If you’ve already earned a graduate degree and find you don’t want to leave the school environment, a career in academia may be the choice for you. However, the career path can be difficult, as there are a series of positions to work through to become a tenured professor. There are also a number of non-tenured options available.
Choices of Jobs in Academia: There are several career choices to aim for in academia:
- Tenured professor, in which you teach and have your own laboratory.
- Grant-supplied Principal Investigator, which involves no teaching. You have a lab that you run.
- Professor at a Primarily Undergraduate Institution (PUI), where teaching is prominent.
- Adjunct Professor, which is most often a teaching position.
- Lecturer, which can give you teaching experience prior to becoming a professor.
- Postdoctoral Fellow, in which, after your PhD, you work in someone else’s lab.
Think about what aspect of an academic career you like. Many people enjoy teaching, while others only want to have their own lab, applying for public or private money to do research. The research you do can be your own and isn’t confined to the commercial goals of a pharmaceutical company.
Those most interested in a career in academia know and accept that their remuneration won’t be as high as in the corporate world. They must like travelling to conferences at least a few times a year. You’ll need strong bench skills if you plan to publish repetitively. As a teacher, you need to have excellent communication skills. As a researcher, you need to be fairly autonomous.
Choosing an academic career can be freeing, but it also means finding your way through a job market that can be inflexible and competitive. You may receive a temporary job contract, like an adjunct job, that doesn’t guarantee you a job past one year. Academia tends to be stepwise that way, with jobs that become stepping stones to the job you really want. And, at each step, there will be competition.
The path to becoming a tenured professor is highly competitive. First, you will need to become a Postdoctoral Fellow. In this position, you’ll publish through a Principal Investigator’s lab. Then, you apply to be an Assistant Professor and get your own lab. It’s time to prove your worth through publications and teaching. Success here can earn you a tenured position as an Associate Professor. You’re on the tenure track, but you still need to work hard publishing and teaching—at least another 5 years. Make sure your relationships with other Professors in the university, and especially your Department, are good. After that, you have a chance to be a full professor, completely tenured.
Consider the alternatives to being a tenured professor. You could plan to be a Professor at a Primarily Undergraduate Institution, a Principal Investigator, or a Lecturer. A Professor at a PUI follows the same Professorship track as the large research institutions (Asst. Prof, Assoc. Prof, Full Prof.), but there’s much more focus on teaching and most of the help in your lab will be undergraduates.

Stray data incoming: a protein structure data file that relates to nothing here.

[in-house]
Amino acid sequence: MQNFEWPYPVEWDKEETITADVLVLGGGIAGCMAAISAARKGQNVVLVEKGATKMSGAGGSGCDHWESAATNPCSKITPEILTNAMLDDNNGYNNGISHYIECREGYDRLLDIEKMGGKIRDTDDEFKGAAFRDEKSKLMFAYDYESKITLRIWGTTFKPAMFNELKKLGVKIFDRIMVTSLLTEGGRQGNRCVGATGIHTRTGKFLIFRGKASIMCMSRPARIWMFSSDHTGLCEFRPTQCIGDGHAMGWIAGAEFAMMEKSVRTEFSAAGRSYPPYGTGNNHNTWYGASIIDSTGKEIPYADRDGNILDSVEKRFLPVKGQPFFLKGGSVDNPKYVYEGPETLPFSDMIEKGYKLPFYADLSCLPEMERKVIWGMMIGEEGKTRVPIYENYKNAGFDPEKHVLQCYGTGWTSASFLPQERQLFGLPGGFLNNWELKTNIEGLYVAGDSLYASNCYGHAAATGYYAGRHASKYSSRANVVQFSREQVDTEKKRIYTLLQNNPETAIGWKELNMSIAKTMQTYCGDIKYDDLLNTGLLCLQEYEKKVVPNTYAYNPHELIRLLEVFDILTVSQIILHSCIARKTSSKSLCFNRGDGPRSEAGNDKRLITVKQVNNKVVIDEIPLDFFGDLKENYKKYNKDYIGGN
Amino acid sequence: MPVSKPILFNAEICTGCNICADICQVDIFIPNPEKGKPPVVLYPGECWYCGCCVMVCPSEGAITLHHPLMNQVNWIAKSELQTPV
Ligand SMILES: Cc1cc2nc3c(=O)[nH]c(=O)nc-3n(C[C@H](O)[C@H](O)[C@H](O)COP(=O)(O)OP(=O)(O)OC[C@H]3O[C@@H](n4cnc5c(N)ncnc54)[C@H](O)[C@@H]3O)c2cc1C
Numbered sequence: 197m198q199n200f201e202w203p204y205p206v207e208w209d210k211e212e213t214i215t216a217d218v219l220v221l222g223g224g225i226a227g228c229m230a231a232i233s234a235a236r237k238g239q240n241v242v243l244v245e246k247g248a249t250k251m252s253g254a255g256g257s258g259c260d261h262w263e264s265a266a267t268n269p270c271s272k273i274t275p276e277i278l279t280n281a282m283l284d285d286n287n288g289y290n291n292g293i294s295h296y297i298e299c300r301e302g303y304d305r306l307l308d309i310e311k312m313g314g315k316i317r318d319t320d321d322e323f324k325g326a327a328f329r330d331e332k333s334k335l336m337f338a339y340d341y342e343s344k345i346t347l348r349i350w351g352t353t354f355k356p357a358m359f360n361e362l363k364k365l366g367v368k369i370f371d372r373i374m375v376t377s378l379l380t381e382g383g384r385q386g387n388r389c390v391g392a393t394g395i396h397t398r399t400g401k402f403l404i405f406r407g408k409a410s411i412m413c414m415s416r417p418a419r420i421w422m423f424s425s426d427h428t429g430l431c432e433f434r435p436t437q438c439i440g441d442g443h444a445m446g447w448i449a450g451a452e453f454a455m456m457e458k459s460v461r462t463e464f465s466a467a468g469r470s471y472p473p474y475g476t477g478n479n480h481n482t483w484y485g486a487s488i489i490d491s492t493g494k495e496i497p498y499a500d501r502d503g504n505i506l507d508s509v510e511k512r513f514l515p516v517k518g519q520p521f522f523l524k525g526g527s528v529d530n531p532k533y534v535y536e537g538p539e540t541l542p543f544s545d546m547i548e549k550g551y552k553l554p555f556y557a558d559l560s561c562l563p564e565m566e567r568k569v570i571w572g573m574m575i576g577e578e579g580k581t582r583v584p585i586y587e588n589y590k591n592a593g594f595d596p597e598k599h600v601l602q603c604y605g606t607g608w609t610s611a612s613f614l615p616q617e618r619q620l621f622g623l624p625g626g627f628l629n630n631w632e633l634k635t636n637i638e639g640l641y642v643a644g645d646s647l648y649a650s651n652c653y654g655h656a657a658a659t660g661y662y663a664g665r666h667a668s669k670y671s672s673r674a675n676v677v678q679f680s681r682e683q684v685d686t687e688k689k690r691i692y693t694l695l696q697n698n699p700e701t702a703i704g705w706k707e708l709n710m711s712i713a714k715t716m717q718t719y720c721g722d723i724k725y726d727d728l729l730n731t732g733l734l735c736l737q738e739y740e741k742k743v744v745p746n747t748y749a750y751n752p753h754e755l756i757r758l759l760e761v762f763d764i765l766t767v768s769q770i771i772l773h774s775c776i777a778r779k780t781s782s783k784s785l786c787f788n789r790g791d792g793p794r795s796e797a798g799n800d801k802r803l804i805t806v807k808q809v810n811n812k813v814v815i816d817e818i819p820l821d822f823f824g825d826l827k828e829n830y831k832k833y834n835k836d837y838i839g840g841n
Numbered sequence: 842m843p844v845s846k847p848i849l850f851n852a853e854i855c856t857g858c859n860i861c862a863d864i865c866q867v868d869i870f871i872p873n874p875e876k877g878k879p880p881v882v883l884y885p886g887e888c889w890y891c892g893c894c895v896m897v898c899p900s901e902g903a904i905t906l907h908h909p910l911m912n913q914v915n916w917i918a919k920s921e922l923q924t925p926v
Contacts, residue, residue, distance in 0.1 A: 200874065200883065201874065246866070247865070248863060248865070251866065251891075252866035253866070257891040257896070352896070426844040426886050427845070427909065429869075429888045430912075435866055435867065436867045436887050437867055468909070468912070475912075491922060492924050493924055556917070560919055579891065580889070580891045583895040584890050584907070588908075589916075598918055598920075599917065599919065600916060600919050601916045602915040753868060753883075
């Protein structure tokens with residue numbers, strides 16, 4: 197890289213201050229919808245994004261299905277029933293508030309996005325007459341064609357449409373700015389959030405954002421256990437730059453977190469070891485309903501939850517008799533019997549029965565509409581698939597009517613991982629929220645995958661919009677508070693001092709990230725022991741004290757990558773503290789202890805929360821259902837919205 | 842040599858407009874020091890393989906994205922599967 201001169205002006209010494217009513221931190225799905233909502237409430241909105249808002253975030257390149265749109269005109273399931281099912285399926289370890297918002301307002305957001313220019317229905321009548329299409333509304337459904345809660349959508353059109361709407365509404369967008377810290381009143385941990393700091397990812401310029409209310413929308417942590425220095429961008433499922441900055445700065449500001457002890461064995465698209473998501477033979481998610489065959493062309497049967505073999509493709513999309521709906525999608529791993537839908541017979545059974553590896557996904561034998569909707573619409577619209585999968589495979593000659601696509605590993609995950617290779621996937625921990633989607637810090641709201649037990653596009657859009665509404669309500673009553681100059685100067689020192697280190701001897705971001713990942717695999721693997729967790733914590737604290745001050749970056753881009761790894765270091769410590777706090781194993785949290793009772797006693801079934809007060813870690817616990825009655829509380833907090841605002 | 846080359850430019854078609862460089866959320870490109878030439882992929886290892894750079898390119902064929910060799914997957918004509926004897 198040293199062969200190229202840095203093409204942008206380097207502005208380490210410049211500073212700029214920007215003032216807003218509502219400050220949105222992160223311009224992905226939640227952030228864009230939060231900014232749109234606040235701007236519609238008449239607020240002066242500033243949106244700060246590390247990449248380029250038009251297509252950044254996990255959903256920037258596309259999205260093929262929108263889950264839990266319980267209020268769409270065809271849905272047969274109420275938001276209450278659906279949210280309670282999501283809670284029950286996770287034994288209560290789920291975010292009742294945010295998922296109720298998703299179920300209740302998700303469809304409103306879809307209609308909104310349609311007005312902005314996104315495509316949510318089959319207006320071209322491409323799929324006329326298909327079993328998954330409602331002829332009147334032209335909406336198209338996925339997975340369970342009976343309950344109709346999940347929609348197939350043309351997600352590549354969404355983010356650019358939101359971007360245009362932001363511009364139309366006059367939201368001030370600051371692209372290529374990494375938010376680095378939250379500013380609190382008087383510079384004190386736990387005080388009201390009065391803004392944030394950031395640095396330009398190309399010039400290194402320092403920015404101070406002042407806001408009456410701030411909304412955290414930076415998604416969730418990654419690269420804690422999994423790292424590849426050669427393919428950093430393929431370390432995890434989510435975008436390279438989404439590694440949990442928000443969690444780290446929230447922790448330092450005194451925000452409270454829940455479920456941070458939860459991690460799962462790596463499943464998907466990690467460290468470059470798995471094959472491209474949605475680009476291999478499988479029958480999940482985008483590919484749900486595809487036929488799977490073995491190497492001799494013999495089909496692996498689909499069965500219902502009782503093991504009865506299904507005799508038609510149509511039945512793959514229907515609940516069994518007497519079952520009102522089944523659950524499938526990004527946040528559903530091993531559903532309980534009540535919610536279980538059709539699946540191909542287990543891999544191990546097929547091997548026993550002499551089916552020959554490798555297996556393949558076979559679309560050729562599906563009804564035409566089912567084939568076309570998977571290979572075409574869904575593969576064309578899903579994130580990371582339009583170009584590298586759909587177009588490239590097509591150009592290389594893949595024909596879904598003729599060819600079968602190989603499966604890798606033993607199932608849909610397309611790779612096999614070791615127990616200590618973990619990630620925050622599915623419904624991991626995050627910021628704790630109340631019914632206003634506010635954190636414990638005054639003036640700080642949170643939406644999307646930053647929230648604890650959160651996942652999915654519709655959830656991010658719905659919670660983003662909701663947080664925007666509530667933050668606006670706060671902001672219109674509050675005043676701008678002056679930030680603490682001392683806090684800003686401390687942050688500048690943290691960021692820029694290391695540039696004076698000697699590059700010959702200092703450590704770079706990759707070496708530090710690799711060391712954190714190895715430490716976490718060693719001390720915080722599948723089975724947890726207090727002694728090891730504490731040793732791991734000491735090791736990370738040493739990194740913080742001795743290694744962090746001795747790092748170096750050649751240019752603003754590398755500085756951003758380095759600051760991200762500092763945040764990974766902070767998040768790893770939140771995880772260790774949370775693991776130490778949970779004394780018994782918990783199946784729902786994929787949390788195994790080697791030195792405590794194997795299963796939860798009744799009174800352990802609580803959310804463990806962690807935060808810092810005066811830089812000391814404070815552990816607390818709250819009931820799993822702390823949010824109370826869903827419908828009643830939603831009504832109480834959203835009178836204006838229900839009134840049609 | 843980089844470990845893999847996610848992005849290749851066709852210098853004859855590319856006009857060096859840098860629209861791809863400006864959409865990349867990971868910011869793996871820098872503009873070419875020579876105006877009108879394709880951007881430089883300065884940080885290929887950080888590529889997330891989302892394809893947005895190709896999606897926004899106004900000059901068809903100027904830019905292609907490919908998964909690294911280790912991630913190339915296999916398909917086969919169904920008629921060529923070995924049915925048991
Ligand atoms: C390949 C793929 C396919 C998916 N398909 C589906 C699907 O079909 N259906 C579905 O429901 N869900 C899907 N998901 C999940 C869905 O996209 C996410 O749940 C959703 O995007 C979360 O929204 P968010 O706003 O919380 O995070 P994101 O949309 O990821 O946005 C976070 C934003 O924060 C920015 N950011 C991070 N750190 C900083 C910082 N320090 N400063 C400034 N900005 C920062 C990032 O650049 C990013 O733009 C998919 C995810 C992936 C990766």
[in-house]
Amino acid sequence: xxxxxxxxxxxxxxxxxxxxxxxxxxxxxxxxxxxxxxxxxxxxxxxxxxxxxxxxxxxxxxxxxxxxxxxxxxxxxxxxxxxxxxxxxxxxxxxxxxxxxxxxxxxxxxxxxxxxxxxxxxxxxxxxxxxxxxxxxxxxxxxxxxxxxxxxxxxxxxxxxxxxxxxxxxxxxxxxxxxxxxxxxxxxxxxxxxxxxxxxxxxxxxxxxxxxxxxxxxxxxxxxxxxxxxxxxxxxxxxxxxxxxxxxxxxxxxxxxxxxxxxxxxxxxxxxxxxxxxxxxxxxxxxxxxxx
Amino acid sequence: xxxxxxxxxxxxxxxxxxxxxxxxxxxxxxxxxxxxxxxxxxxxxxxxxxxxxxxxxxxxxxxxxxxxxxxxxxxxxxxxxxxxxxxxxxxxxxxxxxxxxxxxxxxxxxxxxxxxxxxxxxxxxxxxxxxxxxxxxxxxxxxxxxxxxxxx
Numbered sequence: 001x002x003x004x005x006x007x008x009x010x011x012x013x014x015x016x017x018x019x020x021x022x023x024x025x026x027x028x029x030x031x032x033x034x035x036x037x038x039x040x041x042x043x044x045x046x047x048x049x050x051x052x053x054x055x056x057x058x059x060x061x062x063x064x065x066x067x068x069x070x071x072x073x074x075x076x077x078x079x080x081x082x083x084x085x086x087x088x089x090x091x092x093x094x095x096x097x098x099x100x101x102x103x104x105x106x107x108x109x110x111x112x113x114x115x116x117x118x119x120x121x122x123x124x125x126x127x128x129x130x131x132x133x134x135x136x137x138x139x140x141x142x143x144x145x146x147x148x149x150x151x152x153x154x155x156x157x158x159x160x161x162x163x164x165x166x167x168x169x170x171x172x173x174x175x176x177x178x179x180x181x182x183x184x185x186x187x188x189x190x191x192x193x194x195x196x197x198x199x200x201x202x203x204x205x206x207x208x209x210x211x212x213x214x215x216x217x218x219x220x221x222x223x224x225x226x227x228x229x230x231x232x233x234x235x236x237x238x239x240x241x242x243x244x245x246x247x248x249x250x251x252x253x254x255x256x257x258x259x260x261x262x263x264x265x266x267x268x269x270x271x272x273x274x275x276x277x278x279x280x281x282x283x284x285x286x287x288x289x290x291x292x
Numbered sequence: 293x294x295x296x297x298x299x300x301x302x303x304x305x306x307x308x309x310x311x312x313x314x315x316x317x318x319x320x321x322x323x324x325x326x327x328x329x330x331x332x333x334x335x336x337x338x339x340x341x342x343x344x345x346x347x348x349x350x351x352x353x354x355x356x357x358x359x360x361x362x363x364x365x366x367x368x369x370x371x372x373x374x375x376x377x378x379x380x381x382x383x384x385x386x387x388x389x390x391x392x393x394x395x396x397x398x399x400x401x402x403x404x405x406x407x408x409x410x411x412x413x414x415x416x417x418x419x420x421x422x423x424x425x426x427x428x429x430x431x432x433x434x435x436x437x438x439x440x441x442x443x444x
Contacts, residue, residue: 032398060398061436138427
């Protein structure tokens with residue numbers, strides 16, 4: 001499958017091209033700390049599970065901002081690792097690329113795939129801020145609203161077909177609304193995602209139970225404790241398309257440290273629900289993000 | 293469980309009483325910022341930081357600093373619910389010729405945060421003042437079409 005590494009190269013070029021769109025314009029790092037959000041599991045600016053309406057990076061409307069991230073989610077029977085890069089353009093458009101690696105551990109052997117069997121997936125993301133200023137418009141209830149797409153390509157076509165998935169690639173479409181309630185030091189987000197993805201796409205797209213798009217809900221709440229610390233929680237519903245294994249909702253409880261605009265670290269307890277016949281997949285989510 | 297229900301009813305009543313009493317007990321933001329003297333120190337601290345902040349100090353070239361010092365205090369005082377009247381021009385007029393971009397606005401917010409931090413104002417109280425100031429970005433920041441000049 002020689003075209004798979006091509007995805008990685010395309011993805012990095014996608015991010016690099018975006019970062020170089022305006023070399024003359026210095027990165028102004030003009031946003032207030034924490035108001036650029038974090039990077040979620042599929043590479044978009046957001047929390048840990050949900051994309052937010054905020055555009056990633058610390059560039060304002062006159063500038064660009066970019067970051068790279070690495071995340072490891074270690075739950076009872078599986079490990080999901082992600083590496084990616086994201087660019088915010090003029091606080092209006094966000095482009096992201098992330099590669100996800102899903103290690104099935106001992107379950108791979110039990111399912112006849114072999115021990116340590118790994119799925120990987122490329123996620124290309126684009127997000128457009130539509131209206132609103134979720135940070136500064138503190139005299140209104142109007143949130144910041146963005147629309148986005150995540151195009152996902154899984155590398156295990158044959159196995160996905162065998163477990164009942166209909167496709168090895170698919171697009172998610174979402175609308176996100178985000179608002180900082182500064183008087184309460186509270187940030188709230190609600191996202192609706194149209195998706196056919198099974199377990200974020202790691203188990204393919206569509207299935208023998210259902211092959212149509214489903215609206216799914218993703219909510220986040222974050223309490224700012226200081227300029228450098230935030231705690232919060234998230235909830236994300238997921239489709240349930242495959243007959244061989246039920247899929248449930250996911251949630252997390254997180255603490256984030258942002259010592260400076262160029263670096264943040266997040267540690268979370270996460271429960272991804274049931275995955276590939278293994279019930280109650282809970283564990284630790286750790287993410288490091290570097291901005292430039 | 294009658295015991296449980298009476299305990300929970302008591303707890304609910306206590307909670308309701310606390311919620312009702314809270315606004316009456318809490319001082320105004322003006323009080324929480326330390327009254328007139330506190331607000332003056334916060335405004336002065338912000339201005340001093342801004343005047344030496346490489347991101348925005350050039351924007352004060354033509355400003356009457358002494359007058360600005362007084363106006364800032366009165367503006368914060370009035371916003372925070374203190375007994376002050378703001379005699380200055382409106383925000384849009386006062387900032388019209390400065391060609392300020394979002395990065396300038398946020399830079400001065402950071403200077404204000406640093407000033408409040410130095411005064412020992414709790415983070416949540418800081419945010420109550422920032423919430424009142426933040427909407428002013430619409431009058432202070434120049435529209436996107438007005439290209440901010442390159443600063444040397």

To be a Principal Investigator, you need to find grant funded research and become a Research Assistant Professor following your Postdoc. From there, the track is the same as the tenure track. After about six years of experience, you become a Research Associate Professor. After that, the next step is to Research Professor. You must prove your excellence both in your bench work and in procuring grants. The Lecturer track goes from Lecturer to Senior Lecturer. After about ten years in this position, you may be given the title of “Master Lecturer.”
What you need for landing a tenured position in academia are (in order):
- Bench Research
- Record of publication
- Teaching experience
- Personal contacts
Because academia is so competitive, find an advisor who works with PhD researchers to guide you through the stages of your process. Talk to your mentor about his or her experiences getting into academia. Think about how you can improve your Curriculum Vitae with teaching experiences, publications, committee membership and experiences in administration.
Networking doesn’t have to be painful. You don’t have to be super-outgoing and extroverted. Just share your experience with others, and let them share with you. Keep in touch with those people you meet at conferences or committees.
Think about your flexibility. Will you be able to move to another university? Can you tolerate the working hours, which may involve nights and weekends? Will your personal life be affected by your career choice? Is the research/teaching balance what you want it to be? Is the subject of your research exactly what you want it to be? Is the institution setting ideal? These are dimensions to consider in a job choice.
You need to develop resilience, patience and confidence as you go on the journey toward being a tenured professor or even to work as a postdoc in a laboratory at a major university. It takes tenacity just to get through the PhD, and it takes the same tenacity to go beyond that.
Published with permission
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